Spark a Conversation with Our Fun Energy Facts Series – Part 5

By Vernon Trollinger, July 22, 2016, Events & Fun

Energy – whether electrical, thermal, or mechanical – can do fantastic things, and sometimes science uncovers phenomena no one even dreamed was possible. Because it’s fun to shock and astound friends and relations with incredible facts, we’re going to investigate some of this unbelievable and really cool information. Our Fun Energy Facts series will be at times hot, cold, weighty, electrifying, and morbid, but we know you’ll get enough of a charge out of it to spark an energetic conversation.

Understanding Energy Storage – Get A Charge of This Old Tech!

Spark a Conversation with Fun Energy Facts Series - Part 5 | Bounce Energy Blog

When you hear the word “battery,” you probably think of a Double-A or D-cell battery — something familiar with positive and negative ends that holds an electrical charge. But at its most basic definition, a battery stores energy to be used for work, which could mean turning a motor, lifting a lever, spinning up a generator, and more. Humans have been very adept at using and storing energy for centuries, and because they’re essentially mechanical, many of these old designs have been re-engineered to store electricity.

The thing about all energy storage is that you have to put energy into the storage system so you can use it later. After all, that’s why it’s called storage. The problem is that because of the conservation of energy, little inefficiencies in how the system works eat up more energy you use to charge the system than the amount of energy you get out. The trick, however, lies in figuring out how best to use that stored electricity-potential and using it at the least cost.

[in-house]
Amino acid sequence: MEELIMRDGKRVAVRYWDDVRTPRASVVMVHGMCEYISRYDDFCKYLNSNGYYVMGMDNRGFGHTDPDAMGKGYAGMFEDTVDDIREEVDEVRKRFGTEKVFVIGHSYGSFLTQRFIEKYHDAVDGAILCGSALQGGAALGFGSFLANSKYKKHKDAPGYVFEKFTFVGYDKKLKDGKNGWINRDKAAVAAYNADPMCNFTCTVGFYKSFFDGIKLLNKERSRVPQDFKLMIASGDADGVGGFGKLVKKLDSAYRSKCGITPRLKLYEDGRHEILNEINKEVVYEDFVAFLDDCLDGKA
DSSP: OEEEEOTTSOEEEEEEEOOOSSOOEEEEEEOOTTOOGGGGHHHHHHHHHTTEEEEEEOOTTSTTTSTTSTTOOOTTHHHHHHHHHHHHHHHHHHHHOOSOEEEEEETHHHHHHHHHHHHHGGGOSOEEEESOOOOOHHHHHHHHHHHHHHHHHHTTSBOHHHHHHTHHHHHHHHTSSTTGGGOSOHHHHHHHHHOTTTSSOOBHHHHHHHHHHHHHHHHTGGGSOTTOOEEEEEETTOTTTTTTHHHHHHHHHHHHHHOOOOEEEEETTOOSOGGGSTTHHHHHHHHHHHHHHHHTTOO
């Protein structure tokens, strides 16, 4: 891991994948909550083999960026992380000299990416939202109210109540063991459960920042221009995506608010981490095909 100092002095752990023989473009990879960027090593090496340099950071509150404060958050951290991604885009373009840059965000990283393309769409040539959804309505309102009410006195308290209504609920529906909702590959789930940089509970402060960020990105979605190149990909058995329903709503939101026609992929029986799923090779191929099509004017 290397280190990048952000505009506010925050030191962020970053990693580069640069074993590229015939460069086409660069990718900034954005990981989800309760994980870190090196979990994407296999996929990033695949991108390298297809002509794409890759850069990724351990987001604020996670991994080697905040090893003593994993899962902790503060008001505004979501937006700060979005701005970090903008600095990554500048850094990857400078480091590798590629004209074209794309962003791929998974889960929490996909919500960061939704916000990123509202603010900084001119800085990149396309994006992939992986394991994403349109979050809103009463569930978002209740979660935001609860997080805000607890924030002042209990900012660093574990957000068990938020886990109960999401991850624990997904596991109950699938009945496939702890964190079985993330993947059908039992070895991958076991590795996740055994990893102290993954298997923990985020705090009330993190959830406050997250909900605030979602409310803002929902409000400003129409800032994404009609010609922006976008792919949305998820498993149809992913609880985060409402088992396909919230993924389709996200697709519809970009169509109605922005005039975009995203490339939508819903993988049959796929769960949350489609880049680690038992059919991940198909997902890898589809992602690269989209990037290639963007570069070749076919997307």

So, let’s look into three classic energy storage methods and how they’re being updated in the 21st century.

Pumped Hydroelectric Storage

Spark a Conversation with Fun Energy Facts Series - Part 5 | Bounce Energy Blog

Most folks associate hydroelectric power with massive dams holding back lakes and controlling the flow of mighty rivers. But what if you don’t need an hydroelectric dam. What if you just need a few megawatts of extra power during the day to meet high demand surge?

Pumped hydroelectric storage makes electricity by letting water drain from an up hill reservoir, flow through turbines that generate electricity, and then collects in a lower reservoir. During the night, when electricity prices are lowest, the water is pumped from the lower reservoir to the upper reservoir — sometimes using the same turbine-generator assemblies that work as pumps when run in reverse.

Sound bleeding edge new? Not at all. The first pumped storage installation in the US was the Rocky River plant. Built in 1929 near New Milford, CT, it pumped water from the Housatonic River to the storage reservoir 230 feet above. In the US, there are 40 pumped storage plants producing more than 22 gigawatts (GW) of storage capacity.

And yes— they use more energy pumping water back up to the top. In 2011, pumped storage produced 23,000 gWh of electricity while eating up 29,000 gWh in pumping to reload its reservoirs. However, by generating power when prices are high and then using electricity to re-load the reservoirs when prices are low, pumped storage can be profitable.

Rail Energy Storage

Spark a Conversation with Fun Energy Facts Series - Part 5 | Bounce Energy Blog